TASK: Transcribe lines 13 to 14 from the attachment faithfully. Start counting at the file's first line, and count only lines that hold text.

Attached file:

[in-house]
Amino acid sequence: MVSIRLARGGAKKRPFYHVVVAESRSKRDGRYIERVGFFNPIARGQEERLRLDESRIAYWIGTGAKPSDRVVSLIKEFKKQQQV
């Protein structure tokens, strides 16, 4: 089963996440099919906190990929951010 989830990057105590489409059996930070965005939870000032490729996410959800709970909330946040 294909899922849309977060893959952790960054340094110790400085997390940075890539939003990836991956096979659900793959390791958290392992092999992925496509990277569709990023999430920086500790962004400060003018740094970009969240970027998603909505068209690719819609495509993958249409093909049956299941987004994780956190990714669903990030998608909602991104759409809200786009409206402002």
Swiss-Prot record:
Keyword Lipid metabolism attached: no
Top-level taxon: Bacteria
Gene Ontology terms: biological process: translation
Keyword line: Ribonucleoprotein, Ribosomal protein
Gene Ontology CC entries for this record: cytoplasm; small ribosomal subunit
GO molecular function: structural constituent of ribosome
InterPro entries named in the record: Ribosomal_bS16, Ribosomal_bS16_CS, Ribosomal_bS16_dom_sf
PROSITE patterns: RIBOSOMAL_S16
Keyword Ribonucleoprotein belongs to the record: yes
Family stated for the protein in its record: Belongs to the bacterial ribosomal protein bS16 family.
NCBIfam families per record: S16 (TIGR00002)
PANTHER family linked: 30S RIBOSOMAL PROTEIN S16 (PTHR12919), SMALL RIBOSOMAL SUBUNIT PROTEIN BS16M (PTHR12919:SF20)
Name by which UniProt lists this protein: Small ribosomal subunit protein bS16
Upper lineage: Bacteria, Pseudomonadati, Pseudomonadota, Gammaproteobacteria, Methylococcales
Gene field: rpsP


Keyword Ribonucleoprotein belongs to the record: yes
Family stated for the protein in its record: Belongs to the bacterial ribosomal protein bS16 family.